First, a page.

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ST XTA Coilover: User Review

ST XTA COILOVER: USER REVIEW | Image 1

Disclaimer: This Product Review and Installation Write has been supplied to RSW by Ryan Jacobs. Ryan is a long term customer and he has provided his feedback to help people decide if they feel they would benefit from what he has chosen to install on his own car.

The complete original article can be read here.

For a while now I have been compiling a list of proper suspension upgrades for an awesome daily driver which can also function as an occasional track car. I’m personally looking for the "awesome daily driver", striking a fine balance between a baby daycare shuttle during the week, spirited mountain warrior on the weekends and then an occasional HPDE track car. My goal was to increase stiffness in the right areas, correct or improve suspension geometry, improve traction, and realize better overall response from driver input while limiting NVH, rattles and feeling beat up from long drives. After rounding off power/braking/cosmetic upgrades, I left suspension upgrades for the end due to NVH concerns. Before upgrading any suspension aspect, I went as far as posting standalone threads devoted to these suspension upgrade options. For my own build I needed to layout all options and label them either "awesome daily driver" (low NVH, safe for the average driver) or "track car" (possibly higher NVH, stiffer, for experienced drivers).

ST XTA Close Up | Image 2

Entry Level - ST Coilover Kit:

The list goes on and on for available coilover kits. Being that it was the first time I had ever worked with a coilover kit, I spent close to a year monitoring feedback on Bilstein, HPA, KW and ST coilover kits. For the price (family man here), the ST coilover kit seemed to provide excellent quality and performance for less than the other options mentioned above. In the beginning, I couldn’t mentally handle a coilover kit with adjustable dampening and rebound at the same time. I would spend WAY too much time and concern over what the proper setup would be. Originally I wanted a "set it and forget it" coilover kit which would provide a balance between daily driving and aggressive driving while providing the ride height adjustability. I ran the original ST coilover kit with the firmer Audi TT-RS rubber strut mounts for 20,000 miles (90% highway / 10% town) and loved them. Here was my full HYDE16 review for the original ST coilover kit:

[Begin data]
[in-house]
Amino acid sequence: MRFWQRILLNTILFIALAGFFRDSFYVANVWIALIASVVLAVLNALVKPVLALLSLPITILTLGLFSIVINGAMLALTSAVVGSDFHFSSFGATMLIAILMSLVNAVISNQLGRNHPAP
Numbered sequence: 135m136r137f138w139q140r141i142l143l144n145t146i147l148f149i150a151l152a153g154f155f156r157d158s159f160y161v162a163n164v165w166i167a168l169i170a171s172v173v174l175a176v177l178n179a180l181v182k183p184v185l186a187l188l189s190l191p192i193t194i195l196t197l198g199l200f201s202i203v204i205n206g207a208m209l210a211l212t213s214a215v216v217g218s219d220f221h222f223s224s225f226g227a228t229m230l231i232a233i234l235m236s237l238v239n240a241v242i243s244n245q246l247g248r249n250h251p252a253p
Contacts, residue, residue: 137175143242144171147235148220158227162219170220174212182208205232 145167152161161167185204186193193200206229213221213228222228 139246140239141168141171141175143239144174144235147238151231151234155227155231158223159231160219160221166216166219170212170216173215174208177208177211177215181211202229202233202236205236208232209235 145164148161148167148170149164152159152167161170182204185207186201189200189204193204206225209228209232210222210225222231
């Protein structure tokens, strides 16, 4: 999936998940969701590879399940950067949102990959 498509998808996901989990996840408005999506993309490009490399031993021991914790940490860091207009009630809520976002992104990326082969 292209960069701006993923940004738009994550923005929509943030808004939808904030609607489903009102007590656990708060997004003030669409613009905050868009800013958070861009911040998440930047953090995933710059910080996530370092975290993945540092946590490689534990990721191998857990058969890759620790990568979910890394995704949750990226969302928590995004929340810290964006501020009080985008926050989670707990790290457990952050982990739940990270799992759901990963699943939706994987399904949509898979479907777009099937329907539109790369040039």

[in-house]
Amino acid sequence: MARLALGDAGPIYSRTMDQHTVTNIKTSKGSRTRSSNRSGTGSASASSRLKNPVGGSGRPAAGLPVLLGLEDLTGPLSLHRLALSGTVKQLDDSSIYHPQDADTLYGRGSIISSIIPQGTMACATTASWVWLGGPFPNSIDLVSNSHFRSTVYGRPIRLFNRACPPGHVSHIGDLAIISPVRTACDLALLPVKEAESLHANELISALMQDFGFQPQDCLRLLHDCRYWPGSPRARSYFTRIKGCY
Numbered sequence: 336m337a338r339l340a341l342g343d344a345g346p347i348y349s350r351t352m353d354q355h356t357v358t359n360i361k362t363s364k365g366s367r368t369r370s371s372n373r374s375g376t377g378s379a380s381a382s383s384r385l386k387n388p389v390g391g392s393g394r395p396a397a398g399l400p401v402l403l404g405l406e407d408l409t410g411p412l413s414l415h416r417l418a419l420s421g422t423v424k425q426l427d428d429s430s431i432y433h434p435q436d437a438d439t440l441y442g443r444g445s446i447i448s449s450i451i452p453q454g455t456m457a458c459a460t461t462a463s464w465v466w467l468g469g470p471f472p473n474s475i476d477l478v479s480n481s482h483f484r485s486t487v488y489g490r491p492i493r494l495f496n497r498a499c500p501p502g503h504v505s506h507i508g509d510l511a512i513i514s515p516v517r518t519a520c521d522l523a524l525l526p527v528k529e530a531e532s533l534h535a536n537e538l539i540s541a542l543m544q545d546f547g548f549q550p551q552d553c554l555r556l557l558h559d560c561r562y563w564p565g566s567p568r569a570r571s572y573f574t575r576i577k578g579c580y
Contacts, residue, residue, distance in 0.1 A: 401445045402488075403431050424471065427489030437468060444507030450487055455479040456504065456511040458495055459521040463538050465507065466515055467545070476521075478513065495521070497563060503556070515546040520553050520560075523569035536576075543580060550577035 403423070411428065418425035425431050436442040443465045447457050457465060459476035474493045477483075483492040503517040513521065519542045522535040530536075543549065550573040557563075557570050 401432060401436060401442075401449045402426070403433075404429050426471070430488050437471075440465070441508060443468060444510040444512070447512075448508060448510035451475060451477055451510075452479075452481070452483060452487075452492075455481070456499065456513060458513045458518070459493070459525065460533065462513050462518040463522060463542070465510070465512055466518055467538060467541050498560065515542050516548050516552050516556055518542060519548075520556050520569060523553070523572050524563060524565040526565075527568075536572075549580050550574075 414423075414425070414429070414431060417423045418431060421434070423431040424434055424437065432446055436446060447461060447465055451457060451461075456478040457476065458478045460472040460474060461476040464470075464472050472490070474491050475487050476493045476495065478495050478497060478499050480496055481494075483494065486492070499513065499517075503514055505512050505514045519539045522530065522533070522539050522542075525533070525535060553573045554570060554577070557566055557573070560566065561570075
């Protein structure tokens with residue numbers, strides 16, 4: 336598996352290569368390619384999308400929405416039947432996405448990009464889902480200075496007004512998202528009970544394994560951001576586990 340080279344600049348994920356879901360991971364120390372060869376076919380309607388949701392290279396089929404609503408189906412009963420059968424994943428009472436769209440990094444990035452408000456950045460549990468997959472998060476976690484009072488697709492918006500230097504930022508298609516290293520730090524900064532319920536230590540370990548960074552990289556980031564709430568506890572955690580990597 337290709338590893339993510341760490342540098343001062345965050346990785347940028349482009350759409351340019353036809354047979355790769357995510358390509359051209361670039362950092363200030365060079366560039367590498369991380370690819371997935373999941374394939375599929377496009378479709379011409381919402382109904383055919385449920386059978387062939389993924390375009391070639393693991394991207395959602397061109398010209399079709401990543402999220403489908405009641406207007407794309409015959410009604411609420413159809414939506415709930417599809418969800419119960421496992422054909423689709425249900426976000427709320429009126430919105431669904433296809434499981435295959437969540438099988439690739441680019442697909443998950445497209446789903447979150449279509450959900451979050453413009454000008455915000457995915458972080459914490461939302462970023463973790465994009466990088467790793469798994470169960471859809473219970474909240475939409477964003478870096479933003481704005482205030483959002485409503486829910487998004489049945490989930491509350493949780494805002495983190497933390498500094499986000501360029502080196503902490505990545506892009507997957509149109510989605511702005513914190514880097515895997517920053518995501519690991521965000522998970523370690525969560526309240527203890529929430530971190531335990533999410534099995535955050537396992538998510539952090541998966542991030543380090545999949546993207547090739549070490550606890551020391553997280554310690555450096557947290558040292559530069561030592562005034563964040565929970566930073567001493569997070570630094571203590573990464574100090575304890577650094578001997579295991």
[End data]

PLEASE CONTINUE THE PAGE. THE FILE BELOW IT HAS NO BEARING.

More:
Next Level - ST XTA Coilover kit:

Before upgrading from the original ST XTA Coilover kit, I posted a standalone thread to gather some feedback on the design and addition of an adjustable aluminium uniball top mount for fine-tuning of the camber and caster: GolfMK6 - ST Suspensions XTA Coilovers. The original ST coilover kit is a perfect suspension upgrade for the DD but if you are looking for the next level of aggressive DD (added FWD traction, tighter turns, more feedback) the new adjustable ST XTA Coilover kit offers so many features over the standard ST coilover kit. The front receives linear springs (which provide the feel we loved with the Driver Gear springs) with helper springs while the rear gets beefier progressive springs. This new ST XTA Coilover kit seems to resemble the adjustability of the KW V2 coilover kit with external adjustable damping plus ST’s new aluminium adjustable uniball top mounts for camber or caster adjustability. At the time of this ST XTA Coilover kit installation I covered the majority of other suspension upgrades such as H&R Front 26mm & Rear 24mm Sway Bars, Racingline (formerly VWR) Subframe Mount, Stern Rear Subframe Brace, SuperPro Performance Control Arm Kit, TyrolSport Rear Hatch Brace, TyrolSport DeadSet Rigid Front & Rear Subframe Collar Kits, Unibrace UB, Vibra-Technics VAG455B Torque Link (Dogbone) Bushing, Whiteline Rear Trailing Arm Front Bushings, Whiteline Sway Bar End Links.